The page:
Samothrace: The Most “Un-Greek” Island Of Greece

  • by XpatAthens
  • Monday, 11 July 2022
Samothrace: The Most “Un-Greek” Island Of Greece Samothrace (or Samothraki) is a little-known Greek island in the northern Aegean sea. The island boasts many breathtaking waterfalls and is surrounded by crystal clear waters.

Despite being slightly off the beaten track, Samothrace is a must-visit for nature lovers who want to immerse themselves in paradise!

Geography of Samothrace Island

Samothrace is one of the most rugged Greek islands, with its highest peak, Mt. Saos, rising 1,611 meters into the sky. The island is a paradise for those interested in alternative forms of tourism because it offers countless activities and possibilities, all against a breathtaking natural background of cliffs, forests, and water.

Samothrace is unique for its landscape combining mountainous terrain, fresh springs, and the bluest seas. The island is full of beaches, archaeological sites, rivers, and streams, making it an idyllic choice for summertime exploration. Visitors often come to Samothrace to hike and camp, making an effort to visit all of the stunning natural wonders on the island.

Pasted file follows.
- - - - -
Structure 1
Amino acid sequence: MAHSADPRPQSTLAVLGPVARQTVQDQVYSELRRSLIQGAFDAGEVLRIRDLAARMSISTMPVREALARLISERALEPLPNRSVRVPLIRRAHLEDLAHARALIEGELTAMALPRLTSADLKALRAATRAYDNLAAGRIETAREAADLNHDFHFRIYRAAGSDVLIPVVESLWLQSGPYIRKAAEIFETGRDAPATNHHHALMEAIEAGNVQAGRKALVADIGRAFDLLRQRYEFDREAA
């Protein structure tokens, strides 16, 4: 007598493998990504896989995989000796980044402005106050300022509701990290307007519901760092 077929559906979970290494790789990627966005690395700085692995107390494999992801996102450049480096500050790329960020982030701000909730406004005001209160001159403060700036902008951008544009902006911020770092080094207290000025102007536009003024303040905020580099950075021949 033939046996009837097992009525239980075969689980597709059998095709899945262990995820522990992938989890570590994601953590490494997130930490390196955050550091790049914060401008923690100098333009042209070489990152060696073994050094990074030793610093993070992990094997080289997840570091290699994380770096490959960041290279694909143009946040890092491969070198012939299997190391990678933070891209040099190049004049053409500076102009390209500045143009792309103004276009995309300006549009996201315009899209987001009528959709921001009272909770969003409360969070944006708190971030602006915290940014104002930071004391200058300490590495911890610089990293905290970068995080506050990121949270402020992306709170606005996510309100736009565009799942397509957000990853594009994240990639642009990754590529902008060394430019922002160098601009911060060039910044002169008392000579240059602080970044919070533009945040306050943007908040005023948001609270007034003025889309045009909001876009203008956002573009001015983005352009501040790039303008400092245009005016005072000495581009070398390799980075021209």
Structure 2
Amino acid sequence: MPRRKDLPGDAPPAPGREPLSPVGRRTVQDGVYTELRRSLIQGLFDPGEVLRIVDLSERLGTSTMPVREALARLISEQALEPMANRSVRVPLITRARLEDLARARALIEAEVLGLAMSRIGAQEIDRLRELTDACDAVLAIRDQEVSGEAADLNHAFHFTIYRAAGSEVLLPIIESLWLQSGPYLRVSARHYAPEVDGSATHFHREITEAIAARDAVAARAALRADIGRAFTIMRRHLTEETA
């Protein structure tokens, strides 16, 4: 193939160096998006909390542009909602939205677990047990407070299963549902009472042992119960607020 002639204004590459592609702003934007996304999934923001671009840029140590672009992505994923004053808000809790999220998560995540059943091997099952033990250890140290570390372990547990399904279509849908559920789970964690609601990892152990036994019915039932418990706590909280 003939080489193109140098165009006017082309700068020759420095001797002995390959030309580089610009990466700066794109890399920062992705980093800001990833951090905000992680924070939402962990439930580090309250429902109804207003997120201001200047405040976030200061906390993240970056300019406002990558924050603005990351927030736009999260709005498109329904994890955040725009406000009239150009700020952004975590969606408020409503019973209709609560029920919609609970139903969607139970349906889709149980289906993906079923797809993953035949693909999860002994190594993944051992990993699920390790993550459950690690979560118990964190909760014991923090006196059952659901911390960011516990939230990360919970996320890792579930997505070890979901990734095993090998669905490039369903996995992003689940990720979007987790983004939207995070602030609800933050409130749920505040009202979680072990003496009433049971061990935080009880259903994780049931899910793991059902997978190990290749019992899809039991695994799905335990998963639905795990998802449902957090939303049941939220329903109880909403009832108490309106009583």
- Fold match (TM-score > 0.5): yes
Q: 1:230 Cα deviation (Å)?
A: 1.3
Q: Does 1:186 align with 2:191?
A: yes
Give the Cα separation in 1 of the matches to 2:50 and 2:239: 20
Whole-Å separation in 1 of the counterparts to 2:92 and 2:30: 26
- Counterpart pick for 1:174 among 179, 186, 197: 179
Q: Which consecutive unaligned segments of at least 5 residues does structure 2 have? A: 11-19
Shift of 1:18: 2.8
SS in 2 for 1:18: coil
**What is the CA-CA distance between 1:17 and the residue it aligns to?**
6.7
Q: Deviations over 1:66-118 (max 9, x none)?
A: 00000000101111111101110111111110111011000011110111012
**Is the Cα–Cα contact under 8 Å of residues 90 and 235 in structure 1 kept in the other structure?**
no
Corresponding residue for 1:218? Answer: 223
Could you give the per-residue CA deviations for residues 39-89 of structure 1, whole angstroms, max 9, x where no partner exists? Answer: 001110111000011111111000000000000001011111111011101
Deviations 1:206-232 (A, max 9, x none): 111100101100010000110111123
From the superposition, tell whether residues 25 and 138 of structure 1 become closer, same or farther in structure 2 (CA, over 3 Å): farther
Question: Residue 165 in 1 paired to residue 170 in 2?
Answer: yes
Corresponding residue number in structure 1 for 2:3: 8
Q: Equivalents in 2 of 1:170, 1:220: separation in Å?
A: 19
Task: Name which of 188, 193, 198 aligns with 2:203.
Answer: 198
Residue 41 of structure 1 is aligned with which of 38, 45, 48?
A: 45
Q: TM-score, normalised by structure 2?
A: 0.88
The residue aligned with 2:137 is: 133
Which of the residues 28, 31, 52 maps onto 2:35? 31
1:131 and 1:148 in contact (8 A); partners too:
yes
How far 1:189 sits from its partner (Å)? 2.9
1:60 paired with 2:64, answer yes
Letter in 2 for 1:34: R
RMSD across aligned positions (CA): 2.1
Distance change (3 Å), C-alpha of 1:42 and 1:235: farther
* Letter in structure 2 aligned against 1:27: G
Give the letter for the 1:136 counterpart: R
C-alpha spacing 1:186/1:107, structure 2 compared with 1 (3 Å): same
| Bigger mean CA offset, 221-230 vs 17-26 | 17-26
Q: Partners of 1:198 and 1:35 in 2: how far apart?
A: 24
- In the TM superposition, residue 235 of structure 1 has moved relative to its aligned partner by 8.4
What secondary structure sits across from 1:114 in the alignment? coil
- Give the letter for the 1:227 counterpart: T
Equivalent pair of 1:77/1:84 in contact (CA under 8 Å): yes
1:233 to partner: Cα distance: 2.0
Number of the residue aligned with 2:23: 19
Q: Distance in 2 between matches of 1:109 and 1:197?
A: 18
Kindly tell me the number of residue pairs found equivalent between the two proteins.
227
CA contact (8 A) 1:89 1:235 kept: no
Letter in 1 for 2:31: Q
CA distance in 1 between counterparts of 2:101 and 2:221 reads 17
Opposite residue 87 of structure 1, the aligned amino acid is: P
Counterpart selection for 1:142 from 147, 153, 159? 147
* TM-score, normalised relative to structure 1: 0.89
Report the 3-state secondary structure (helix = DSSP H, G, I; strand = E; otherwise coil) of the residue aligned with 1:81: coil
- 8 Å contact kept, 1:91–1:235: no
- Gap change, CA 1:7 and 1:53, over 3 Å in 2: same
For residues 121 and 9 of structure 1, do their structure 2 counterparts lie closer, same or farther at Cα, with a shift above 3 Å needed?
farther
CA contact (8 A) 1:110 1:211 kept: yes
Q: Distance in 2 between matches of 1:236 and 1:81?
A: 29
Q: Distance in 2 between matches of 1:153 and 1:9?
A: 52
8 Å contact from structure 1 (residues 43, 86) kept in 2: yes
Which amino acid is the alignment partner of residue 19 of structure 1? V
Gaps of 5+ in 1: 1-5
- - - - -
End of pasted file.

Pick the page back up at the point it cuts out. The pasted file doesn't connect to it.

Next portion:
The rich vegetation and waterfalls of the island add to its beauty with the most famous waterfalls being Kleidosi (created by the stream Fonias) and Kremasto with its cave. The waterfalls on the island are a big draw, as naturally occurring waterfalls are not particularly common across Greece.

Things to do on Samothrace

The port of Kamariotissa, the most crowded part of the island, is connected to Alexandroupolis via ferries. Kamariotissa has a number of amenities, including supermarkets and banks, as well as a number of restaurants and cafes. Fishing is one of the island's primary industries, and a lovely array of traditional wooden fishing boats can be seen at the port.

The Sanctuary of the Great Gods is the main tourist attraction of the island. It was well-known during Ancient Greece due to being a gathering place for a “mystery religion.” Mystery religions were religious schools that only allowed participation by initiates, keeping the faiths themselves shrouded in mystery.

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